Gray

With a backdrop of a Freddie Gray Mural in the Sandtown-Winchester neighborhood, a defiant Baltimore State’s Attorney Marilyn Mosby defended her office’s efforts in pursuing the case against the six Baltimore cops accused in Gray’s death, which resulted in charges being dropped against the remaining officers and zero convictions after eight months of trials.

But at the same time she emphasized the derision between her office and the police department, basically saying the lack of cooperation cost her the case. Still, it is really more complicated than that.

It was always going be a steep curve in making this case. Initially, charges were modified and prosecutors may have hoped to use emotion and slim facts to sway a jury. The only case of the six heard by a jury was that of Officer William Porter, which first resulted in a hung jury and then a mistrial. The remaining cases were heard by Judge Barry Williams as bench trials. In those proceedings, Williams repeatedly chided prosecutors for failures in presenting evidence that would convict any of the officers.

What the prosecution was unable to do is provide expert testimony or empirical evidence of what went on in the back of the van, and how and when the fatal injury occurred. Williams pointed to this in all of his rulings from the bench.



After four trials, it became increasingly clear that any convictions would be harder to obtain. Mosby said that the investigations hindered her office from the start.

“Unlike with other cases, where prosecutors work closely with the police to investigate what actually occurred,” she said. “What we realized very early on in this case was that investigating police…were problematic.

“There was a reluctance and an obvious bias that was consistently exemplified, not by the entire Baltimore Police Department, but by individuals within the Baltimore Police Department at every stage of the investigation.”

The relationship between the prosecutor’s office and police department has been strained throughout the officers’ trials. Early in this case Mosby’s office said it used Baltimore County Sheriff’s Deputies to do a separate investigation of the Gray’s death. But during the trials it turned out that the Sheriff’s Department only signed off on the indictment but never investigated the case.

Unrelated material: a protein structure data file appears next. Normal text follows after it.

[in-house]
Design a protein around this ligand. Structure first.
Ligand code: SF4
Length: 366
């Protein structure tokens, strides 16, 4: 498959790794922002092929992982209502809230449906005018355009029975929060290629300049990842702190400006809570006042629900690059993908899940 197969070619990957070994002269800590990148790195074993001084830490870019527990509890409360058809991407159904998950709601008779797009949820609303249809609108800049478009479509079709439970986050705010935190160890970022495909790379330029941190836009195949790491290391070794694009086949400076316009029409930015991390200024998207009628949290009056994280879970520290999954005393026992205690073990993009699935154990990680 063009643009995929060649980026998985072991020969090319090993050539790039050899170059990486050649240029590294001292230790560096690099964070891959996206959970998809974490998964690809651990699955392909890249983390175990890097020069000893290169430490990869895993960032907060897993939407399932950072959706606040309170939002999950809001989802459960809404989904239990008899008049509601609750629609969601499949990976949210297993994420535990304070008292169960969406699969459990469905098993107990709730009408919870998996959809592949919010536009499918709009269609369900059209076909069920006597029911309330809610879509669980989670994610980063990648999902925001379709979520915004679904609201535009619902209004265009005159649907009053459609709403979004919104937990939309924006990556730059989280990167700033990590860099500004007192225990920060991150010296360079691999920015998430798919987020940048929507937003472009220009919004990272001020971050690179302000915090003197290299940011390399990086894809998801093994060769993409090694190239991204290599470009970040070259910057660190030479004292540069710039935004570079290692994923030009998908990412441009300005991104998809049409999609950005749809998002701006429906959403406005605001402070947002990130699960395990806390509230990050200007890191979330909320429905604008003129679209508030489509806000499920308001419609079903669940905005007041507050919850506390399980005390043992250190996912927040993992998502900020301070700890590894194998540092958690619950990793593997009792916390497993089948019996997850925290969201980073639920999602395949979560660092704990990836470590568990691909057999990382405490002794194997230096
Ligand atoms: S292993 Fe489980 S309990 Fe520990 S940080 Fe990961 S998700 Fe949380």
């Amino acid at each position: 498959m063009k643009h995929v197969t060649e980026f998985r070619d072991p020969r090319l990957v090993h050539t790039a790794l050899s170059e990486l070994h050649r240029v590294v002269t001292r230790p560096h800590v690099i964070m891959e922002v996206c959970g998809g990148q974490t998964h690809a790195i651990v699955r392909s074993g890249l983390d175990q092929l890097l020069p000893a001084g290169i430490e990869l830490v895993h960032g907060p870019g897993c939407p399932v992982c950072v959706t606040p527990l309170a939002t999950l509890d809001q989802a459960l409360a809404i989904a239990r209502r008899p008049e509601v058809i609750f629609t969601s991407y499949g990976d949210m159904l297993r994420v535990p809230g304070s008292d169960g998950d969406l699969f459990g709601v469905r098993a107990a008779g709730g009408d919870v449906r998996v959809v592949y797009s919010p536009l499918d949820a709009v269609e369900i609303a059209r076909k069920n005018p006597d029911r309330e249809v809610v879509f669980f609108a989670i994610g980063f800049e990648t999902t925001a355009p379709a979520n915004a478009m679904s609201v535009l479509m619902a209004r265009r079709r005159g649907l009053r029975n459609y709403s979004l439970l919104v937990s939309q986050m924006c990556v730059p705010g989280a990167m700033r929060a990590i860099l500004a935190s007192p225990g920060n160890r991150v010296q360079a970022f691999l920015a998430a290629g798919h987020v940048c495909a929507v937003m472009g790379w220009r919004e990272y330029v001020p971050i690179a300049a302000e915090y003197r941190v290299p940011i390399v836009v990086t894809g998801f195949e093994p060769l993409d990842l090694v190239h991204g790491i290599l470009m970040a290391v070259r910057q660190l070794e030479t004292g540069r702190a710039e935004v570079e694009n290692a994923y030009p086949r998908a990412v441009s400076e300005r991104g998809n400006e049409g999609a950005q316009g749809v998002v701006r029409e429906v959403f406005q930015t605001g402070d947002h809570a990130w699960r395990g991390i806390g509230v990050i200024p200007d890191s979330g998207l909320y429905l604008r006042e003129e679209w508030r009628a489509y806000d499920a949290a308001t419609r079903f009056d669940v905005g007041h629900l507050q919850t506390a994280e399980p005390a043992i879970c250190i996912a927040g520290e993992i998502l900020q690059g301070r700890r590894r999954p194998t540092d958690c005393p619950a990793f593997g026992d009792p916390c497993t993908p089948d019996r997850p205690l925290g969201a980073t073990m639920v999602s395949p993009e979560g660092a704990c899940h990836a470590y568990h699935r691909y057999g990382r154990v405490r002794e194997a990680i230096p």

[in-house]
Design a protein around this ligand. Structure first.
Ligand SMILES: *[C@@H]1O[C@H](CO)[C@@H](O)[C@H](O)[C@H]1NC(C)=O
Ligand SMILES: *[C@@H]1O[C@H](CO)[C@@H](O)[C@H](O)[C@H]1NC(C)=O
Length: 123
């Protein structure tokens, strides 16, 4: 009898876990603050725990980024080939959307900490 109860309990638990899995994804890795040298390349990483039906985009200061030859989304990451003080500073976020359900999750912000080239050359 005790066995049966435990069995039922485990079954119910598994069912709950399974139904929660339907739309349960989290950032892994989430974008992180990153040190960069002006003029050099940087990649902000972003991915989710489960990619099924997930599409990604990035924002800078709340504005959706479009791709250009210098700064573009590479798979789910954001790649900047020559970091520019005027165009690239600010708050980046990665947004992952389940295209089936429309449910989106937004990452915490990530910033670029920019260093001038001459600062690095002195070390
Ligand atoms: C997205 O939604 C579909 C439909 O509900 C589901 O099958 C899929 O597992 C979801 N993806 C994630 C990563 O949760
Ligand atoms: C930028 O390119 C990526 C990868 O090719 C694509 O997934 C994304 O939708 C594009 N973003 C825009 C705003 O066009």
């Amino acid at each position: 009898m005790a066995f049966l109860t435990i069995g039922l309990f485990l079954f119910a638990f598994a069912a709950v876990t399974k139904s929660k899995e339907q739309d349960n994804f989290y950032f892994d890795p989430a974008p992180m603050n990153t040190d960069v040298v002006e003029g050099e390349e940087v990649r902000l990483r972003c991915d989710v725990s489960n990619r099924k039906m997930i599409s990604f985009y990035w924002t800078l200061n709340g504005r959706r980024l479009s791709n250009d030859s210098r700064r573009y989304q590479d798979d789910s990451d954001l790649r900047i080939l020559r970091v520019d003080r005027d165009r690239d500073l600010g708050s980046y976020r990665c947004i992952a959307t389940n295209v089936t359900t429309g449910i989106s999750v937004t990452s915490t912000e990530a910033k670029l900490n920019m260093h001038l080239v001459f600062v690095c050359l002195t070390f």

But during the trial, there were more complications. Williams had to sanction prosecution for discovery violations. During the Caesar Goodson case, he allowed hearsay testimony from lead police investigator, Dawnyella Taylor, who produced alternate notes saying Gray’s death was an accident. On the stand, Taylor said she had a falling out with the prosecution. She was removed from the case because Lead Prosecutor Michael Schatzow said she was trying to “sabotage the case.”

In the end, although prosecutors were not successful, the case is not really over for Mosby. She’s being sued by four of the officers, William Porter, Garret Miller, Edward Nero, along with Sgt. Alicia White and Lt. Brian Rice, for false arrest, false imprisonment and defamation.

Mayor Rawlings-Blake acknowledged the process is not over, “an administrative investigation of the officers will move forward.” That is being done by police investigators outside of Baltimore. They could recommend three options, reprimanding the officers, demotion, or termination.

But there are people who feel that something was accomplished despite the failure to convict.

Maryland Congressman Ellijah Cummings whose district encompasses the Sandtown-Winchester neighborhood noted, “a lot of things have happened since these trials have went on…I have a lot  of confidence that out Police Department is better than it was before.”



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